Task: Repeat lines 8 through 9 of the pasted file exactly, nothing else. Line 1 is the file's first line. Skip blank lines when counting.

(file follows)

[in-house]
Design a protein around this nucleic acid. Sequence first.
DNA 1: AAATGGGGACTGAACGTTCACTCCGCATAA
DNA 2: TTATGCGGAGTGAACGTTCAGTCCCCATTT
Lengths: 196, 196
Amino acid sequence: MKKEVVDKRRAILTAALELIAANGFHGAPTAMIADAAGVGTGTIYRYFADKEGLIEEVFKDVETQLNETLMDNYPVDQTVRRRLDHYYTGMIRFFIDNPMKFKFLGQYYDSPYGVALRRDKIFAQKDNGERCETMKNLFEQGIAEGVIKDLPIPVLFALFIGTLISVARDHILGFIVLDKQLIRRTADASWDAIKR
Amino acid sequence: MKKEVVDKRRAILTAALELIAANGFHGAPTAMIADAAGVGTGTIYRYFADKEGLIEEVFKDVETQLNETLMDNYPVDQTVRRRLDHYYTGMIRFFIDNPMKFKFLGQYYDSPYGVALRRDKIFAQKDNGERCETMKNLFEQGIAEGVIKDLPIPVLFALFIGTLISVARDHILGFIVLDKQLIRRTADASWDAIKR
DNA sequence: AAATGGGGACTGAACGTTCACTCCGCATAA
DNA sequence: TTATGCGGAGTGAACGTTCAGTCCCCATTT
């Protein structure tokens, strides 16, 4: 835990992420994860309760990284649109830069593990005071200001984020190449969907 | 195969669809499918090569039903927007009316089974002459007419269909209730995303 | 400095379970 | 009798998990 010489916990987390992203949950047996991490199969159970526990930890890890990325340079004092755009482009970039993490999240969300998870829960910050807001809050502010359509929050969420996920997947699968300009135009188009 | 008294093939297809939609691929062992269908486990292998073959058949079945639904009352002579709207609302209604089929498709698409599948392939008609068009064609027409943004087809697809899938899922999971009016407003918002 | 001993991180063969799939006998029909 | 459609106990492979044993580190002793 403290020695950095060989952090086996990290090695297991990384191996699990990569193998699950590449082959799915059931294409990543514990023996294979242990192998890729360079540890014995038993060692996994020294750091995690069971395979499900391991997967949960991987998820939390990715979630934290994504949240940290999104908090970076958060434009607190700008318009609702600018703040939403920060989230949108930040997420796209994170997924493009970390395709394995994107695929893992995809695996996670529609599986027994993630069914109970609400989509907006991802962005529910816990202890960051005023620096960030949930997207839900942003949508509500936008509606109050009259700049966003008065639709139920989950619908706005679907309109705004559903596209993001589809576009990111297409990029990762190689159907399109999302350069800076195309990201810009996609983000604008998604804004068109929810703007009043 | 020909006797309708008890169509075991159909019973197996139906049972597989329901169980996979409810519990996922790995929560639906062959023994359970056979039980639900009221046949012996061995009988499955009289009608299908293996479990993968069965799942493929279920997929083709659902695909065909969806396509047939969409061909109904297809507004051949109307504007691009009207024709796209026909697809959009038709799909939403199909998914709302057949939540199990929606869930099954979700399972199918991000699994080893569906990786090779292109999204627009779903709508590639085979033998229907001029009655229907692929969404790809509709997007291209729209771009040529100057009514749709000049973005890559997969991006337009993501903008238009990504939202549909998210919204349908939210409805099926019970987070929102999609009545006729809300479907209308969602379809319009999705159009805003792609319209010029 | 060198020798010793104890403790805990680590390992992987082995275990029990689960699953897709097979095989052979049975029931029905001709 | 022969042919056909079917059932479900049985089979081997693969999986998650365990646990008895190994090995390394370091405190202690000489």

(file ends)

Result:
DNA sequence: AAATGGGGACTGAACGTTCACTCCGCATAA
DNA sequence: TTATGCGGAGTGAACGTTCAGTCCCCATTT